No other “girls with guns” series before or since this one has been as thoroughly defined by its music as Noir is, and few series of any type use their music to cover their flaws better than Noir does, but one would expect nothing less from a fine Yuki Kajiura effort. Two of its numbers stand among the all-time great anime themes: the rapidly pulsing, jazzy beat and ethereal vocals of “Solva Nos,” which back many of the action scenes and the Next Episode previews, and the string instruments and haunting vocals of “Canta Per Me,” which set the tone for many of the key dramatic scenes. The other major theme, which is used in several variations, is the melancholy watch melody, which embodies the series' mysteries and most tragic elements. The soundtrack features many other great numbers, too, with the only real flaw being a tendency for repetitiveness in the first half. This vanishes in the second half, though, which infuses in some newer sounds (including a very nice lullaby sung in Engrish) and mixes things up a little better. Opener “Coppelia's Casket” (an opera reference, of all things) uses visuals suggestive of a spy show paired with one of the more unusual-sounding songs to serve as an anime opener, while closer “Beautiful Emotions” is a pleasant but more forgettable song.

The dubs are heavy on major-name vocal talent in both languages, with Shelley Calene-Black replacing Kotono Mitsuishi as Mireille and Monica Rial replacing Houko Kuwashima as Kirika. Both English casting choices fit and match up well against the original performances in these generally soft-spoken roles. Tiffany Grant is a more iffy choice for Altena, as she gives the character a more distinctive speaking cadence that may not please everyone, while Hilary Haag is sufficient as Chloe. The English dub plays around with accents quite a bit, using them both in places where they would be expected (at least some effort is made to make Russian characters sound Russian and German characters sound German) and in a few places where they are clearly just added color, but nowhere is this problematic. The English script stays tight enough to avoid garnering any accuracy complaints, even including giving Kirika's name in traditional Japanese order – and no, this is something that ADV dubs almost never did, even back in 2003.

Funimation's Classic Line rerelease spreads the 26 episodes across four disks, with English staff/cast commentaries for episodes 15 and 16 included on the third disk and clean opener and closer included on the fourth. Also present is a fifth disk composed entirely of Extras, including original Japanese promos, interviews with each of the four main seiyuu, interviews with the main English voice actresses, a Kirika-focused music video, and “Noir – the Unsoled Story,” a hilarious eight-minute send-up of the series featuring prominent characters as sock puppets attempting to carry out an assassination of a prominent ADV-regular voice actor at ADV's now-former headquarters. Some of these were actually Easter Eggs on the original ADV volumes, but apparently Funimation didn't get all of them; missing are the bonus production sketches from the first original disk and the extra music videos hidden on the seventh original disk. Also completely absent are the copious set of production sketches spread across all seven of the original disks, the Staff Talk and Production Notes found in the liner notes for each volume, and the paper glasses for reading the hidden messages on each volume's liner notes. This release is certainly more space-efficient and readily-available, but if you want all of the Extras then you'll have to hunt down the original volumes.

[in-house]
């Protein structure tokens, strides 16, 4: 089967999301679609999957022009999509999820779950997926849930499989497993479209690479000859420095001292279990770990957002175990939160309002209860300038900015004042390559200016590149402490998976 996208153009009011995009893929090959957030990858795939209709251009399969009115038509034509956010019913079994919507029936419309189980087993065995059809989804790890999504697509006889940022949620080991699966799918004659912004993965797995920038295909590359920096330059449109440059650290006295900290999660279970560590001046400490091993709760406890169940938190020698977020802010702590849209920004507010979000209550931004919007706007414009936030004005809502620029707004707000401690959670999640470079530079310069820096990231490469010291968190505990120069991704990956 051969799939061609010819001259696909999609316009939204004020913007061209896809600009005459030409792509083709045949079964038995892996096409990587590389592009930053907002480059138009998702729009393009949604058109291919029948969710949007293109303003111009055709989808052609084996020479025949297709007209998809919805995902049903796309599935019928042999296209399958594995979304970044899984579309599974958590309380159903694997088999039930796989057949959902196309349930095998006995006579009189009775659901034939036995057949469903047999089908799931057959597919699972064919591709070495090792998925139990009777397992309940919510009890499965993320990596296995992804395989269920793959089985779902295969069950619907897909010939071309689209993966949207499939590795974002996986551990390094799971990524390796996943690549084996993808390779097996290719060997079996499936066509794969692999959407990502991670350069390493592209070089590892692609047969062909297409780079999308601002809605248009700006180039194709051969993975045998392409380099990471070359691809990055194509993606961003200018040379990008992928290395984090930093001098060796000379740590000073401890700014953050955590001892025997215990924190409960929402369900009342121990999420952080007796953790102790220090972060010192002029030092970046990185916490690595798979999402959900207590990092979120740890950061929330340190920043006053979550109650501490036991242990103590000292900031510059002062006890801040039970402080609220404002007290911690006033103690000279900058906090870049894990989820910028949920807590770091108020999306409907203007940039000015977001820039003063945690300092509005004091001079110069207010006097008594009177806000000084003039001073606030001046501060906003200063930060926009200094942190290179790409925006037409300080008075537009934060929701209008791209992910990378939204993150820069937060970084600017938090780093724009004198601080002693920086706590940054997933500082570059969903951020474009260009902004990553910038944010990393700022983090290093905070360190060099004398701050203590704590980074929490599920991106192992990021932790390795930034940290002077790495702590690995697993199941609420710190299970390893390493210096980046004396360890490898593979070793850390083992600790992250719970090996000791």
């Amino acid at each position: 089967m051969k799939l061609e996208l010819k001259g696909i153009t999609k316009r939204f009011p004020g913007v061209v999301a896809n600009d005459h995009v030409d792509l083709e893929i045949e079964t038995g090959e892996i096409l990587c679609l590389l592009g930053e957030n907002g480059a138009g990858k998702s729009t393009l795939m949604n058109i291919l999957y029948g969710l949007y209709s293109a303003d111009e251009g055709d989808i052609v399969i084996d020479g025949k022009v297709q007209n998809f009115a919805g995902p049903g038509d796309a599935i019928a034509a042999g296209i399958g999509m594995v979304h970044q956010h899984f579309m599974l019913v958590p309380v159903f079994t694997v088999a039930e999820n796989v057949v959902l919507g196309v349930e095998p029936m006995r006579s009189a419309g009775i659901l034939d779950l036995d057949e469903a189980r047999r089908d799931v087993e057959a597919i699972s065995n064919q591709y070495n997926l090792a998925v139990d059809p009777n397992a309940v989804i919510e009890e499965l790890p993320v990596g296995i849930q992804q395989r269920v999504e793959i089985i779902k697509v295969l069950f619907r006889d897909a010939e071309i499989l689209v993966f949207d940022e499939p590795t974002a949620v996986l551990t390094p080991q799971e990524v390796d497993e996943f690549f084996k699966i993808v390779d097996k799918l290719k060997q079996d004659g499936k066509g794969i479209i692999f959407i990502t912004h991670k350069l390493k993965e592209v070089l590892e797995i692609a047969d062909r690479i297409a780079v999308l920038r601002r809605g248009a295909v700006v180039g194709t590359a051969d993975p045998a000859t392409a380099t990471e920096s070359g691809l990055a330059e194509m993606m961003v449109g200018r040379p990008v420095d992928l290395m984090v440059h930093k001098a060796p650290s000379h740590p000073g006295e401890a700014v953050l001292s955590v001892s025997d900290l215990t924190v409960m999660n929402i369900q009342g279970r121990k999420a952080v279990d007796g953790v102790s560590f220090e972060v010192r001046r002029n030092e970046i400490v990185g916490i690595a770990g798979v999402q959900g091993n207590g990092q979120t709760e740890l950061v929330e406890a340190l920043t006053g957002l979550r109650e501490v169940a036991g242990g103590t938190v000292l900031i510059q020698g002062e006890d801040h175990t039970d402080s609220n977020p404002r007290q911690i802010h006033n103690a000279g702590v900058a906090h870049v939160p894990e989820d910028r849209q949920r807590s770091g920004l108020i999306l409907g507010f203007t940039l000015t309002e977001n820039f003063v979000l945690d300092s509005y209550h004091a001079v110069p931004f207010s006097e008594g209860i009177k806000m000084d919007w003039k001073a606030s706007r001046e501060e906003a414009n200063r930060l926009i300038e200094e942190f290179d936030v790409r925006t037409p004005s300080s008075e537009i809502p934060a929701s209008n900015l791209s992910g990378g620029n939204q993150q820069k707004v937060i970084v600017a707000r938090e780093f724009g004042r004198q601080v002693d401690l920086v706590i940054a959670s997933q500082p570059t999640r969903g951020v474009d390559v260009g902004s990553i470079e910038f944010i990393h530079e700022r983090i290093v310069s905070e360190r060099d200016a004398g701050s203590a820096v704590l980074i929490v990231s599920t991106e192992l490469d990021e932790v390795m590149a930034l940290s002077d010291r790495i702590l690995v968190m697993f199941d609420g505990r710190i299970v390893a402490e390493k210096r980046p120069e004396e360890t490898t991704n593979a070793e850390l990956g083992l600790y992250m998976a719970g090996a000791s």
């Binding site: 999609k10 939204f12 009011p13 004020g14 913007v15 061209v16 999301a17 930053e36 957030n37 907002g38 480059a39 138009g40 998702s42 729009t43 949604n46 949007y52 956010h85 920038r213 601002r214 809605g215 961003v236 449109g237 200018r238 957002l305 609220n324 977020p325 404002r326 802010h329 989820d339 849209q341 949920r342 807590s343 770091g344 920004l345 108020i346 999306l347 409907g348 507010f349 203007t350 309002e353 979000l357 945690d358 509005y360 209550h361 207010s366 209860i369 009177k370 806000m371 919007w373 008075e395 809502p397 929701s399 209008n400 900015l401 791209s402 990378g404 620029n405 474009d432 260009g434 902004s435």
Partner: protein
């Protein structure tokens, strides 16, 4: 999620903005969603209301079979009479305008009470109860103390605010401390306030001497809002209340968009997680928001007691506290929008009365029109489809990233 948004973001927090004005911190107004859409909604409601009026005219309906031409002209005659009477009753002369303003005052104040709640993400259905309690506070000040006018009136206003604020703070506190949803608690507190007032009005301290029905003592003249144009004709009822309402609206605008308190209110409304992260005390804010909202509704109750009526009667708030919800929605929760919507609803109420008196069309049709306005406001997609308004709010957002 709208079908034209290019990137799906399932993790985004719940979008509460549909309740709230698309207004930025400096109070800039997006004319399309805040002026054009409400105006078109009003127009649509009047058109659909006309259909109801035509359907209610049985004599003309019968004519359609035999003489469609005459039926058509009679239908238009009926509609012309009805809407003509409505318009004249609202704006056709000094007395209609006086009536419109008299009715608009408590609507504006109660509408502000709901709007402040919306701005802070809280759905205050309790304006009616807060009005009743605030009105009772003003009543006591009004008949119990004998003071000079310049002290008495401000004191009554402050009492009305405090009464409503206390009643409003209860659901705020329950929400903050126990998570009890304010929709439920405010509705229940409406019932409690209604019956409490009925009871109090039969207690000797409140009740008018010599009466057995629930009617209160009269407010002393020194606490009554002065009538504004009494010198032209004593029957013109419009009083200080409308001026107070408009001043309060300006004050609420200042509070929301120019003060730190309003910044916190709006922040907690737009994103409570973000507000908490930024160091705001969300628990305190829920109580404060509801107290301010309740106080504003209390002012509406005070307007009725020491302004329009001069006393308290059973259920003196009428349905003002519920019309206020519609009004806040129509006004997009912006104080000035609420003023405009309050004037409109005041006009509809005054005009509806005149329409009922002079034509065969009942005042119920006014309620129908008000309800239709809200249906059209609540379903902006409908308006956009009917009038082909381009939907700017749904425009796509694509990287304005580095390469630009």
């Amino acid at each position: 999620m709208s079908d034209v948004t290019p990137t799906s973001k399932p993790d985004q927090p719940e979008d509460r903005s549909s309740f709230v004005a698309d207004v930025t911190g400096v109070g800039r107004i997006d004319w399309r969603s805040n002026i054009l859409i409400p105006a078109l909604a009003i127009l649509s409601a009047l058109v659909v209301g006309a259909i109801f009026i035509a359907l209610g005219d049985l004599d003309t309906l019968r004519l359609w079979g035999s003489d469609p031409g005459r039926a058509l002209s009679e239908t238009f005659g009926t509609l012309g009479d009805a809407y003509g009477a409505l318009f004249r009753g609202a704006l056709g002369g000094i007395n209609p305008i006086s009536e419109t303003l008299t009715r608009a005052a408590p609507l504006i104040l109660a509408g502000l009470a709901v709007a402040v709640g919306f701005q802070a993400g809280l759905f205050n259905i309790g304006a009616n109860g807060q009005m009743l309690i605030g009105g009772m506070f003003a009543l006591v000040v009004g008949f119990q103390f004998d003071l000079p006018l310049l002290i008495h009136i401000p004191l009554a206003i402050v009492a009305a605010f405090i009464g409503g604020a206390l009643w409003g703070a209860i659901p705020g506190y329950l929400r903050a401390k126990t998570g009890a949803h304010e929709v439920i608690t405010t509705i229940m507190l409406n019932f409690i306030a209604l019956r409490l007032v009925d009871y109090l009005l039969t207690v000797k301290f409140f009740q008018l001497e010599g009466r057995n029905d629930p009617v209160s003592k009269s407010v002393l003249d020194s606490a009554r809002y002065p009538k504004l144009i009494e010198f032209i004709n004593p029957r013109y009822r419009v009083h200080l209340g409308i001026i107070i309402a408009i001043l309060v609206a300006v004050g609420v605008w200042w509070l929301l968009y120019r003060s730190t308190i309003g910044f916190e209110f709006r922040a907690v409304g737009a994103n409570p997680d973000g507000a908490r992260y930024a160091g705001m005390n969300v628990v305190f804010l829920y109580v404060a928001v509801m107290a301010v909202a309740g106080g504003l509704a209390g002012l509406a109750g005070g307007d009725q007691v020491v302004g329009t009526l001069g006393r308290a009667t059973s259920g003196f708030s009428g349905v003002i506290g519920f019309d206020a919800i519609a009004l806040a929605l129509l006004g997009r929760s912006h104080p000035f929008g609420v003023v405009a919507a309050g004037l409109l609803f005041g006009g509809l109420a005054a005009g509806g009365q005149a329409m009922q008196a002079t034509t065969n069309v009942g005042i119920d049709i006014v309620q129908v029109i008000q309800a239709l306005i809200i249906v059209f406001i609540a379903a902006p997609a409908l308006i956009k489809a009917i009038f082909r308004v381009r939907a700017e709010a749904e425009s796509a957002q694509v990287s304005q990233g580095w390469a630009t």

Noir was a big enough success for Studio Bee Train that they did two later “girls with guns” series – Madlax and El Cazador de la Bruja – which borrowed heavily from it. Elements from Noir can also be seen in a few other series released in the decade since it first aired, so it was at least to some degree an influential title. Most importantly, though, the series works in the ways that it is supposed to work and should keep viewers thoroughly involved through to the end.

Overall (dub) : B+
Overall (sub) : B+
Story : B+
Animation : C+
Art : B
Music : A-

+ Excellent musical score, some great action scenes, convincing lead duo relationship development.
Artistic quality control flaws, overused flashbacks, this release doesn't have all of the original Extras.

discuss this in the forum (16 posts) |
bookmark/share with: short url
Add this anime to
Add this DVD to
Production Info:
Director: Kōichi Mashimo
Script: Ryoe Tsukimura
Yuki Arie
Itsuro Kawasaki
Toshiro Kawasaki
Shinya Kawatsura
Kōichi Mashimo
Masaki Tachibana
Shunsuke Tada
Hideyo Yamamoto
Episode Director:
Yuki Arie
Itsuro Kawasaki
Toshiro Kawasaki
Shinya Kawatsura
Kōichi Mashimo
Masaki Tachibana
Hideyo Yamamoto
Yuriko Kaida
Yuki Kajiura
Hitoshi Konno
Original Concept: Ryoe Tsukimura
Character Design:
Yoko Kikuchi
Satoko Miyachi
Minako Shiba
Art Director: Toshihisa Koyama
Animation Director:
Yoko Kikuchi
Satoko Miyachi
Satoshi Ohsawa
Minako Shiba
Minoru Ueda
Mechanical design: Kenji Teraoka
Sound Director: Kōichi Mashimo
Director of Photography:
Seiichi Morishita
Kenji Takehara
Producer: Shigeru Kitayama
Licensed by: ADV Films

Full encyclopedia details about
Noir (TV)

Release information about
Noir - The Complete Series [Anime Classics] (DVD)

Review homepage / archives